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Basketball Pre-Game Warm-Up Drills

by
author image Laura Williams
Laura Williams has worked in recreation management since 2004. She holds a master's degree in exercise and sport science education from Texas State University, as well as a B.A. in exercise and sport science from the University of Mary Hardin-Baylor.
Basketball Pre-Game Warm-Up Drills
An effective warm up will prepare your players for their basketball game. Photo Credit Jupiterimages/Brand X Pictures/Getty Images

Overview

Basketball teams usually take 10 to 15 minutes to warm up before the start of a game. Teams can take this opportunity to run, shoot around and conduct drills. Teams typically put together a standard pre-game routine that highlights all the major basketball skills: lay-ups, rebounding, passing, position-specific skills, shooting and free throws. If you know how long you'll get for warm-up, time your drill sequence to switch every few minutes so that your players know which drills to perform.

Run and Rebound

Running is a good way to get your athletes prepared for the basketball game. Rather than just sending them to jog around the court a few times, dress up the drill to get your players excited. Line your athletes up by height, shortest to tallest, outside the doors of the gym. The first player has a basketball. When you're ready to start the warm-up, send the athletes running into the gym, instructing every other athlete to run in the opposite direction around the court, so that half the team runs around one direction and the other half runs around the other direction. Tell them to run around the court a certain number of times, then converge at center court, melding back into a single line. The single line of players should then run to the basket on one side of the court to start the rebound portion of the drill. The first player "shoots" the ball against the backboard, purposely missing so that the next player in line can rebound the shot and immediately throw it back against the backboard, progressing through the line until the ball reaches the final player. The final player should catch the ball and then shoot a lay-up to finish the drill.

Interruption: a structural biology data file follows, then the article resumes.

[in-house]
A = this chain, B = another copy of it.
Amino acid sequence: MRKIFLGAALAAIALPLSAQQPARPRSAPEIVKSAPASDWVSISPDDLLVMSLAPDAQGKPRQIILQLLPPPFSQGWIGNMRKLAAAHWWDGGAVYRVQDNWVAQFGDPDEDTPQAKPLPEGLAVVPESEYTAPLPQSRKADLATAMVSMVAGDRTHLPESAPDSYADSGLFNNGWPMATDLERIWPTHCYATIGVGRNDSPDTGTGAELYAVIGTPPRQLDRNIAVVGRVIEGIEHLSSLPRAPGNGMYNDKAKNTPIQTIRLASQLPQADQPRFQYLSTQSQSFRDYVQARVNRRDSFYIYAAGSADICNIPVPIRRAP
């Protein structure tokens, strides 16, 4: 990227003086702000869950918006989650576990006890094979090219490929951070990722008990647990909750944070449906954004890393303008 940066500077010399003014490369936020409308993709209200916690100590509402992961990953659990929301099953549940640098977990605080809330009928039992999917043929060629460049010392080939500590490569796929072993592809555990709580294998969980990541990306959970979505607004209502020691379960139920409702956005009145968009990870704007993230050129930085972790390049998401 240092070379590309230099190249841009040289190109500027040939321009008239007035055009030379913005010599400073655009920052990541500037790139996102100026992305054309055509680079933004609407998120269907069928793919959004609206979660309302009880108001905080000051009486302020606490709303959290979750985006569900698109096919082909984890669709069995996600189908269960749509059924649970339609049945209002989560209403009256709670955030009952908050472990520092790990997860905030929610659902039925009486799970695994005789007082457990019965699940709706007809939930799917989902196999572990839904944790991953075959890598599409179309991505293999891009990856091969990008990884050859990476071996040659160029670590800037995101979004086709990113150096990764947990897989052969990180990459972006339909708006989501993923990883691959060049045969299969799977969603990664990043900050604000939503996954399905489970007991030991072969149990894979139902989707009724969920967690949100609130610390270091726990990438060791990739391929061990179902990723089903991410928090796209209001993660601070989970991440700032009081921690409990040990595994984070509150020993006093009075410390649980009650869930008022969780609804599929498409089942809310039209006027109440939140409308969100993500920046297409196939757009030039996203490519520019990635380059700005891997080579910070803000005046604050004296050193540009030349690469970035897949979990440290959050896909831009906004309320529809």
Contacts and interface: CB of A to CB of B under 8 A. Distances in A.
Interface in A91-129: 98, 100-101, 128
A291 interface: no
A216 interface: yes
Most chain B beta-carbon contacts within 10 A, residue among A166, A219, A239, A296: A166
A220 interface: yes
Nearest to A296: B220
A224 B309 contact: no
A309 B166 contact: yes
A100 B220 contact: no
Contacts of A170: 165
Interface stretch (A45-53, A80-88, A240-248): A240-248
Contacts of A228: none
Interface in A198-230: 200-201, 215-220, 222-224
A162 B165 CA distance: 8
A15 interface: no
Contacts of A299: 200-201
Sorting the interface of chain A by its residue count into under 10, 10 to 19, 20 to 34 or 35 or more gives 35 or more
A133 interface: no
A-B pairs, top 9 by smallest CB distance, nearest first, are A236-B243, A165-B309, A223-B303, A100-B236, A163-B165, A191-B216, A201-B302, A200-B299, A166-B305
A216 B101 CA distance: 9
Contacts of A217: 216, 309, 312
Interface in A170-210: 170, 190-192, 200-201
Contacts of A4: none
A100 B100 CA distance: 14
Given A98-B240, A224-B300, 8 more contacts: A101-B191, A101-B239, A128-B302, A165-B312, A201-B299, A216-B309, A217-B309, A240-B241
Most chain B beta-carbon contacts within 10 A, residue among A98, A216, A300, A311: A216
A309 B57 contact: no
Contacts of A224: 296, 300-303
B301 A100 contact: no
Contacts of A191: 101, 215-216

Lay-up and Shooting Drill

Have your players split into two lines, lining up on opposite sides of the court, starting at about the half-court line. The first two players in line on the right side of the court should have a ball. The first player with the ball dribbles toward the basket and performs a right-handed lay-up while the first player from the left line runs to the basket and rebounds the ball. The shooter and the rebounder each head to the opposite line and continue the drill. Each player should have the opportunity to rebound and shoot twice. Then instruct the players to pass the ball to the left line, so that each player can practice left-handed lay-ups. ??After players have performed lay-ups on each side of the court, have them pass the balls back to the right line where players will practice outside jump shots on both the right and left sides of the court.

Free Throw Practice

Amy Loomis, a sport and fitness coordinator in Salem, Oregon, suggests that after players have had the opportunity to warm up and run, they should practice free throws. Have them line up around the key with a single player at the free-throw line with a ball. The player with the ball has the opportunity to shoot two free throws while the remaining players rebound the ball. After the two shots, the entire team rotates to the left, and the next player takes two shots. Each player should have the opportunity to practice at least two free throws before the end of the warm-up period.

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